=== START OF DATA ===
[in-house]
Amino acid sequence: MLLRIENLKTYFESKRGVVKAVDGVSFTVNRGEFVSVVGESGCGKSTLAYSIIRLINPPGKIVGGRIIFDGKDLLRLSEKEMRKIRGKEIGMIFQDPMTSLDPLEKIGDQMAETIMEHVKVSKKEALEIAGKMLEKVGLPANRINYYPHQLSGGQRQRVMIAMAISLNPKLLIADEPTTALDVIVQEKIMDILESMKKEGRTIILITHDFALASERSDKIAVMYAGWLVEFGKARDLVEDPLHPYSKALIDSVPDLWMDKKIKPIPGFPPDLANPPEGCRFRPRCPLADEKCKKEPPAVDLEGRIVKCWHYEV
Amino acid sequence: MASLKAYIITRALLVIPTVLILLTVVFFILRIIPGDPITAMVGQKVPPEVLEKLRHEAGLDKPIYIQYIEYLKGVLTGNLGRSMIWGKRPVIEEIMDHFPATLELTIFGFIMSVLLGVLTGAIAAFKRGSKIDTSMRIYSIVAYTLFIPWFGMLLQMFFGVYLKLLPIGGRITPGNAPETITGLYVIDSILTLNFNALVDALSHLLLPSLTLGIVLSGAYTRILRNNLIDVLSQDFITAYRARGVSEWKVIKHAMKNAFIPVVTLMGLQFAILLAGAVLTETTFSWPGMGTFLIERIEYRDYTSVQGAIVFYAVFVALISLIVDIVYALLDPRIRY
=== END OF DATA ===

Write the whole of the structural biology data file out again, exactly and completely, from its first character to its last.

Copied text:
[in-house]
Amino acid sequence: MLLRIENLKTYFESKRGVVKAVDGVSFTVNRGEFVSVVGESGCGKSTLAYSIIRLINPPGKIVGGRIIFDGKDLLRLSEKEMRKIRGKEIGMIFQDPMTSLDPLEKIGDQMAETIMEHVKVSKKEALEIAGKMLEKVGLPANRINYYPHQLSGGQRQRVMIAMAISLNPKLLIADEPTTALDVIVQEKIMDILESMKKEGRTIILITHDFALASERSDKIAVMYAGWLVEFGKARDLVEDPLHPYSKALIDSVPDLWMDKKIKPIPGFPPDLANPPEGCRFRPRCPLADEKCKKEPPAVDLEGRIVKCWHYEV
Amino acid sequence: MASLKAYIITRALLVIPTVLILLTVVFFILRIIPGDPITAMVGQKVPPEVLEKLRHEAGLDKPIYIQYIEYLKGVLTGNLGRSMIWGKRPVIEEIMDHFPATLELTIFGFIMSVLLGVLTGAIAAFKRGSKIDTSMRIYSIVAYTLFIPWFGMLLQMFFGVYLKLLPIGGRITPGNAPETITGLYVIDSILTLNFNALVDALSHLLLPSLTLGIVLSGAYTRILRNNLIDVLSQDFITAYRARGVSEWKVIKHAMKNAFIPVVTLMGLQFAILLAGAVLTETTFSWPGMGTFLIERIEYRDYTSVQGAIVFYAVFVALISLIVDIVYALLDPRIRY